Sutliff Museum Recognized for Anti-Slavery History

WARREN, Ohio — After a year of researching the Sutliff family’s work and influence in the anti-slavery movement and the Underground Railroad, the Sutliff Museum has earned the National Underground Railroad Network to Freedom designation by the National Park Service.

Museum staff and partners uncovered stories of people like Mary Plumb Sutliff, Levi Sutliff’s first wife, who transported freedom-seekers on to the next station, according to a release Wednesday. While living in Johnston Township, Mary Plumb Sutliff would take a slave to a safe place, either her home or the nearby home of her father-in-law, Samuel Sutliff.

She would bargain with a boat captain to take the slave to Canada. In one instance, she and Mary Bushnell transported a slave in a wagon covered with a little hay for several miles until meeting with her father-in-law and her father. While freedom-seekers hid in Samuel Sutliff’s home, the women made the trips because it was less likely they would be punished for violating the Fugitive Slave Law.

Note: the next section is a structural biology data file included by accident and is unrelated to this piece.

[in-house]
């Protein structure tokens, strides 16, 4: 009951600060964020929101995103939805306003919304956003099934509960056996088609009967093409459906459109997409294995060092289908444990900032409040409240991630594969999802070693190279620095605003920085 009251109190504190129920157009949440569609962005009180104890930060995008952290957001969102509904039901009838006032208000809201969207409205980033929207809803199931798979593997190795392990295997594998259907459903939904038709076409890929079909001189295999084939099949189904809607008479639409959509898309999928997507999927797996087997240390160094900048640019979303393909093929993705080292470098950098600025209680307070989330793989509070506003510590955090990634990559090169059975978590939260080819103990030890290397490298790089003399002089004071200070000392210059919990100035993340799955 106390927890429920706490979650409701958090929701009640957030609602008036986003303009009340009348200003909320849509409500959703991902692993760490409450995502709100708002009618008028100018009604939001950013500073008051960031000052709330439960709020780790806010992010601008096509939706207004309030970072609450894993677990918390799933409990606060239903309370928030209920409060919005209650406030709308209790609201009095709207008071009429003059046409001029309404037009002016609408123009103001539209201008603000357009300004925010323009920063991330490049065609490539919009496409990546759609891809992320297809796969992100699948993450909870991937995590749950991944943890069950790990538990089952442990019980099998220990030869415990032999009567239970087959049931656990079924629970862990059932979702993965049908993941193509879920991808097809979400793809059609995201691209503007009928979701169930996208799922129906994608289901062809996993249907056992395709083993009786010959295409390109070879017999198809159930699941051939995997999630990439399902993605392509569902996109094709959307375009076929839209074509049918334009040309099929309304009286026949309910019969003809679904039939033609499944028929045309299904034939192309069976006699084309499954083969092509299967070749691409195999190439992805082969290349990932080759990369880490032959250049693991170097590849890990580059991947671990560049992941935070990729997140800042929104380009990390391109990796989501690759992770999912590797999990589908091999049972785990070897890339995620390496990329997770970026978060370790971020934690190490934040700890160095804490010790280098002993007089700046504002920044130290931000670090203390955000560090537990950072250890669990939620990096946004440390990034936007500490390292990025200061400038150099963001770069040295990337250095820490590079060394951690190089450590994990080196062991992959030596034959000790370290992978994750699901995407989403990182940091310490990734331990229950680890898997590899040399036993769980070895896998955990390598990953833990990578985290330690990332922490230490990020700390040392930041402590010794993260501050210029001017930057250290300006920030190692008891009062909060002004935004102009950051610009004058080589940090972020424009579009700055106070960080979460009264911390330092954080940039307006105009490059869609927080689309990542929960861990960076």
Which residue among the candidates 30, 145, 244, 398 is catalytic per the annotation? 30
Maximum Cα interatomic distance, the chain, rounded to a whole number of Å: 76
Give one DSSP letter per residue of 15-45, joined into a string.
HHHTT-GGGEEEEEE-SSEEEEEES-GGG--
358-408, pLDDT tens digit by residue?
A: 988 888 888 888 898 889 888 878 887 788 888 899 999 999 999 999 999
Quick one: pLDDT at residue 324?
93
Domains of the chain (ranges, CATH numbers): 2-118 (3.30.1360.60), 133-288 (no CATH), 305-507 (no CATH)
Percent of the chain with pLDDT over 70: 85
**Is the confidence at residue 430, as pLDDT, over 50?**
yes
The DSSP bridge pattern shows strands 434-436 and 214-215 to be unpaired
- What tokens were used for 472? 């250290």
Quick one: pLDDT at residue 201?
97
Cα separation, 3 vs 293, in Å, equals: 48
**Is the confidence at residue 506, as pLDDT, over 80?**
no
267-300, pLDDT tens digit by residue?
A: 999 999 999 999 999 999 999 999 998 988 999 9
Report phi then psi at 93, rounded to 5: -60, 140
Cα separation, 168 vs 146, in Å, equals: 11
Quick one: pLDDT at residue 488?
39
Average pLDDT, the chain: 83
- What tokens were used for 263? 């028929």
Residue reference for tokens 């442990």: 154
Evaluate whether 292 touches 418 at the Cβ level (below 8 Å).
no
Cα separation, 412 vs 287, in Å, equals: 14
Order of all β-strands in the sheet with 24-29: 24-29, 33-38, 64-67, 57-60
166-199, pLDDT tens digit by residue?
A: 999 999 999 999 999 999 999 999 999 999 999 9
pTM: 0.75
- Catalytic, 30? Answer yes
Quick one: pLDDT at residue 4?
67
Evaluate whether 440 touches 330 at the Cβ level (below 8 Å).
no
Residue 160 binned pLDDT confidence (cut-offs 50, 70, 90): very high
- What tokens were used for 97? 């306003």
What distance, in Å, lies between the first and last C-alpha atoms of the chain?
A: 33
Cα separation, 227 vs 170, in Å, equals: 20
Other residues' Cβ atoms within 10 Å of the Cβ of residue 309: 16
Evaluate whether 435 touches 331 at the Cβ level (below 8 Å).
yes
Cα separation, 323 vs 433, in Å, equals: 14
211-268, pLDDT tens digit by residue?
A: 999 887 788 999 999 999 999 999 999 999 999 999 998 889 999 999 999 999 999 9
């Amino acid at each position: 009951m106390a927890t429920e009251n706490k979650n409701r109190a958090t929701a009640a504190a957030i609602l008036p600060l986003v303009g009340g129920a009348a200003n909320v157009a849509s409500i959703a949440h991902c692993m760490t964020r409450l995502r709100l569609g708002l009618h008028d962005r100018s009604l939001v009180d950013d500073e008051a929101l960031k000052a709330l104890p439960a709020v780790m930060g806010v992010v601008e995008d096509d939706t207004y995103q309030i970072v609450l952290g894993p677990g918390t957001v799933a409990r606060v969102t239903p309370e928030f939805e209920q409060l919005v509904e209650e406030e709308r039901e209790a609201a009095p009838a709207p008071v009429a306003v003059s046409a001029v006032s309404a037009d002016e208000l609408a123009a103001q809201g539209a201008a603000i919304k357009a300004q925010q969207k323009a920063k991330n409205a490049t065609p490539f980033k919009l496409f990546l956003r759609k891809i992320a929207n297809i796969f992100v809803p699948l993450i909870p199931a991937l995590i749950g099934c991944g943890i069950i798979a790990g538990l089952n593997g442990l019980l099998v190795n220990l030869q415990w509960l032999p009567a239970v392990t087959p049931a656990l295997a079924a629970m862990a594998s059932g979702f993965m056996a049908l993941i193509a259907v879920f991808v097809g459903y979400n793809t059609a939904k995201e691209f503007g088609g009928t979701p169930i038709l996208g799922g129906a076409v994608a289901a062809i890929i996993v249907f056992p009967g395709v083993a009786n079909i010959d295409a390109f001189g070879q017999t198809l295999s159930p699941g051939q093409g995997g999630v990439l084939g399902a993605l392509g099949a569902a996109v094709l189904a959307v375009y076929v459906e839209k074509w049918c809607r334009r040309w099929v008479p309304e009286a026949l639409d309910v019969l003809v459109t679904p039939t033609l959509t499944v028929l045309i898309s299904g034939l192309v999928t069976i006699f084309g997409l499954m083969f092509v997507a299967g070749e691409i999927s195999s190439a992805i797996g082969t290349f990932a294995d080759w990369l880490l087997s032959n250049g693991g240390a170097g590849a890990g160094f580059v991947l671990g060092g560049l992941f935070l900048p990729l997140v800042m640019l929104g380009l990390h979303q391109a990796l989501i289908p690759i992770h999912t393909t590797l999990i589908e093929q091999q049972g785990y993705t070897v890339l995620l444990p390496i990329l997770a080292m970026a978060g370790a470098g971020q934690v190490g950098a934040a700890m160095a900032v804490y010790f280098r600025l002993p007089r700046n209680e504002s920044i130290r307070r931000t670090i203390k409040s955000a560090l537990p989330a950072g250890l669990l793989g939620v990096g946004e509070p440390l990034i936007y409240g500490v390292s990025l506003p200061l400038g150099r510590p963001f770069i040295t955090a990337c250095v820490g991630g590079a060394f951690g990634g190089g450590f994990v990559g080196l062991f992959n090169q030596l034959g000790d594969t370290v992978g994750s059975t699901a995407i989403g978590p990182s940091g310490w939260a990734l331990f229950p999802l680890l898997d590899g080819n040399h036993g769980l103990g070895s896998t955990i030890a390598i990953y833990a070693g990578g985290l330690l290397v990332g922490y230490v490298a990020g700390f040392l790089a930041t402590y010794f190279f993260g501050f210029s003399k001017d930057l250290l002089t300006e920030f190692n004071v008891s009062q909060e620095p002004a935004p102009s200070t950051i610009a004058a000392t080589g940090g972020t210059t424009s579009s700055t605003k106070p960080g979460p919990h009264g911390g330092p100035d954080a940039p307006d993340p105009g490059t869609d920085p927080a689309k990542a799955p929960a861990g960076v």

Established in 1998, the National Underground Railroad Network to Freedom is a response to a congressional directive to document and share the stories of resistance against slavery through escape and flight. By preserving and exhibiting the work of the Sutliff family during the anti-slavery movement of the early 1800s, the museum has demonstrated its support for the mission of the network.

The Sutliff Museum is located on the second floor of the Warren-Trumbull County Public Library at 444 Mahoning Ave., and is open from 1 to 4 p.m., Wednesday through Saturday. For more information visit or call 330 395 6575.

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